Managers play a crucial role in organizations — in fact, the employee-manager relationship is usually the determining factor in whether an employee is engaged and committed to the organization. And yet, many companies don’t invest heavily in training their managers.

However, if you want to be a great manager — which can lead to being recognized and rewarded for your efforts — you may need to invest in yourself.

Why companies don’t invest in their managers

If the management role is so important, why don’t companies invest in their managers?

"It is often assumed that newly-promoted managers will just pick it up, that somehow they will know how to manage people, or will have learned how from their own managers," according to David Deacon, HR leader, psychologist, and author of "The Self-Determined Manager: A Manifesto for Exceptional People Managers." It’s a troubling assumption since not all managers have themselves worked with great managers or even know the criteria for even being a good manager.

Training tends to be very formulaic among companies that do invest in managers. "Training usually involves processes, checklists, and procedures — the tools and systems for managing, record-keeping, and monitoring," Deacon explains. "Sometimes this includes training on what to do if something goes wrong — disciplinary processes, grievances, performance management."

However, he says that training rarely covers what’s really important: the skills and approaches needed to create an environment of success and outperformance around the team.

Another problem for companies is deciding how to allocate the organization’s funds. “There are a lot of managers, and not endless amounts of money to spend on training,” Deacon explains.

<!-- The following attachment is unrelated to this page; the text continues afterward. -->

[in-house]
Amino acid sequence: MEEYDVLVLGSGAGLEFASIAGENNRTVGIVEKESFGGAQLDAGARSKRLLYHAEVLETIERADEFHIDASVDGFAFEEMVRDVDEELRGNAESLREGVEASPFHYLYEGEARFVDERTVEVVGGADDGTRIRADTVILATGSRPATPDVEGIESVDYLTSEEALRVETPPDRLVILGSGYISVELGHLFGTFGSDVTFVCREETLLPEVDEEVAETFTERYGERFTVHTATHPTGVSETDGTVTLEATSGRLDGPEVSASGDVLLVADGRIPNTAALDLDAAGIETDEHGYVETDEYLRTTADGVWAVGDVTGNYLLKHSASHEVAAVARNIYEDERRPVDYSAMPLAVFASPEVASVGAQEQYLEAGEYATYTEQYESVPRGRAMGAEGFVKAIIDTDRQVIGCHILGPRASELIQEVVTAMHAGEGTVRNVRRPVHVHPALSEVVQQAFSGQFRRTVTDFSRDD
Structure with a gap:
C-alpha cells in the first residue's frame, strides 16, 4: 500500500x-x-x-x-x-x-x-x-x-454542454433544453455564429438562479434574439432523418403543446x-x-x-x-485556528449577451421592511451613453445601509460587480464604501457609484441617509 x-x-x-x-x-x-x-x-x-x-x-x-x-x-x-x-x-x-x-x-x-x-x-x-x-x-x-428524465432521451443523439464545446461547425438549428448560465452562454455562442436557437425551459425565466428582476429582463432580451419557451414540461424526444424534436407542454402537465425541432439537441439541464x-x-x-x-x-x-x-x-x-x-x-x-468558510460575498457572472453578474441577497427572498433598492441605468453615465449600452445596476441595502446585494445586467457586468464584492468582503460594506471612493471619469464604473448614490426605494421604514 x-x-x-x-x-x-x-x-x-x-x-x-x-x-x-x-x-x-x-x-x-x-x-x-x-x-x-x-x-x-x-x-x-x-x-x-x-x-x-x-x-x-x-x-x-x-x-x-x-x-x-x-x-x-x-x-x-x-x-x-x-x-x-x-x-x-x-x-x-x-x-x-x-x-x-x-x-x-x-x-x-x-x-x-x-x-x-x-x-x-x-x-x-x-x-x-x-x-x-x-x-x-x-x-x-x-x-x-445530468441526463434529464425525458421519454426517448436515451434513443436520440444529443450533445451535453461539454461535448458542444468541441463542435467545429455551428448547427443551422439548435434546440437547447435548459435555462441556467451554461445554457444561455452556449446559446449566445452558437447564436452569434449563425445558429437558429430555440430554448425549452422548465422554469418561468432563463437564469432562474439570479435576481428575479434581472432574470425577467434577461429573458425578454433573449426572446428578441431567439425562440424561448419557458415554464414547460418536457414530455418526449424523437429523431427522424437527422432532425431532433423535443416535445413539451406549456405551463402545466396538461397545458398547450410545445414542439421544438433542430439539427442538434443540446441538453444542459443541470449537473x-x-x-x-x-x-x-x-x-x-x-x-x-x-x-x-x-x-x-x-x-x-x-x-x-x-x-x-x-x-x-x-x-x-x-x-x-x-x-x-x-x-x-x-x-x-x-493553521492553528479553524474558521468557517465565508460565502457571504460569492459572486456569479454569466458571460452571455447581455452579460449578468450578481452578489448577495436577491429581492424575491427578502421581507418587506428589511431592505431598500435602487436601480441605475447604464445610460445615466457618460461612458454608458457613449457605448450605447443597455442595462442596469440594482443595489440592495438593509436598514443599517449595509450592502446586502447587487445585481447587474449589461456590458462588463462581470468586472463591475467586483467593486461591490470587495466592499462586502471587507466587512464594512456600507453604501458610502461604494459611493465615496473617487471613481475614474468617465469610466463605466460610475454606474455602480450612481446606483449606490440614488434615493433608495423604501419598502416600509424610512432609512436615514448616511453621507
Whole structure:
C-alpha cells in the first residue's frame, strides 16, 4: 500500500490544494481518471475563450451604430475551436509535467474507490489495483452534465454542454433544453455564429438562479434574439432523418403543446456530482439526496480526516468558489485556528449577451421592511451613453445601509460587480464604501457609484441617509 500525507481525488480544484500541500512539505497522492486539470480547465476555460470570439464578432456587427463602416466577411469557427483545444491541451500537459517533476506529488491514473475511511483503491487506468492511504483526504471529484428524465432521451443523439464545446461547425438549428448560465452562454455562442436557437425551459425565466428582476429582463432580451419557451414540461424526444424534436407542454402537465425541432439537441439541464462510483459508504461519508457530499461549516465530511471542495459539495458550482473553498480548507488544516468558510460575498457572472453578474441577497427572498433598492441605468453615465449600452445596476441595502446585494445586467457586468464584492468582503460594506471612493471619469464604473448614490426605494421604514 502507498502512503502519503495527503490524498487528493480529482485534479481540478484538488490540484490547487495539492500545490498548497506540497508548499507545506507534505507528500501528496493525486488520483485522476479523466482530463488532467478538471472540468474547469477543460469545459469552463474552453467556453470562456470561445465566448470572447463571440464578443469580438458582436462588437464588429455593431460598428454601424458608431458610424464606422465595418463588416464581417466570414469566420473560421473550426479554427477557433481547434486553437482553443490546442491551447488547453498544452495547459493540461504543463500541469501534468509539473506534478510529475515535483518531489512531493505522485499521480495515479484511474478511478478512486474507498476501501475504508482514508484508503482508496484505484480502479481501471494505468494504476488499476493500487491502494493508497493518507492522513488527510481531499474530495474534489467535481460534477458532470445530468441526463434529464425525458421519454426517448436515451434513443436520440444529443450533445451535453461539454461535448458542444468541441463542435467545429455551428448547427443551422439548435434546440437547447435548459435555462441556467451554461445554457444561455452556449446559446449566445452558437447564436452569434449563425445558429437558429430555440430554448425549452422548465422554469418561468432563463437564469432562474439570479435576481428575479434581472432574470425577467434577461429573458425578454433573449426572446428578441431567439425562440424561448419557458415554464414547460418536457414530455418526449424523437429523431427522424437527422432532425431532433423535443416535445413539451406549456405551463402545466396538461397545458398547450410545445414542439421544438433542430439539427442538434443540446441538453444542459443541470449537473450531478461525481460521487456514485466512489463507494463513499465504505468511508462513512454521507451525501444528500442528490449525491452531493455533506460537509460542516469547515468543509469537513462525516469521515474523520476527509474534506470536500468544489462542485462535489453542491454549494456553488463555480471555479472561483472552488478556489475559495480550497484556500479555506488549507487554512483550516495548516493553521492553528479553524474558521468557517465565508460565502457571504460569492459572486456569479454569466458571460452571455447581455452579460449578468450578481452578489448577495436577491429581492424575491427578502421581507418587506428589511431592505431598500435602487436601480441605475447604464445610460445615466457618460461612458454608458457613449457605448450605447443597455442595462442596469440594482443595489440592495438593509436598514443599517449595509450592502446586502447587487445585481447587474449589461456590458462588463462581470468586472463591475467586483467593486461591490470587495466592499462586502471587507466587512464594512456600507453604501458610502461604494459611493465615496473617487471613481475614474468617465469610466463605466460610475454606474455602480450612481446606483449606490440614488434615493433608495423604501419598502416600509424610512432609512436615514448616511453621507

For the past several decades, he says companies have focused so much attention on encouraging leaders to step up that there’s no shortage of people to be trained. So, they’ve decided that training people at the most senior leadership levels is the best training investment.

"But this approach leaves managers behind — the people who shape every employee’s experience every working day," he says. "It shouldn’t be a surprise that so many employees are demotivated and not engaged in their work, because we haven’t invested in training their managers."

The importance of managers continuously improving

While everyone needs to continuously grow, learn and develop, managers are in a unique position since they are directly responsible for the people who report to them. "And in times of change and ambiguity, managers take center stage. We look to our managers to understand how things are, to get guidance on what to prioritize and what to focus on, to get direction, reassurance, and information," Deacon says. Employees expect managers to have a vision for the future and the employees’ best interests at heart.

If that’s not enough, the U.S. is at full employment, so employees have more employment choices. "If you believe the stereotypes, many employees will exercise those choices based on the things that matter most to them, like having challenging work, making a meaningful contribution, getting opportunities to learn and grow, and feeling a sense of belonging."

Against this backdrop, Deacon says managers have to be focused on developing themselves more — and this includes being better at their jobs, and more effective at managing individual employees and teams.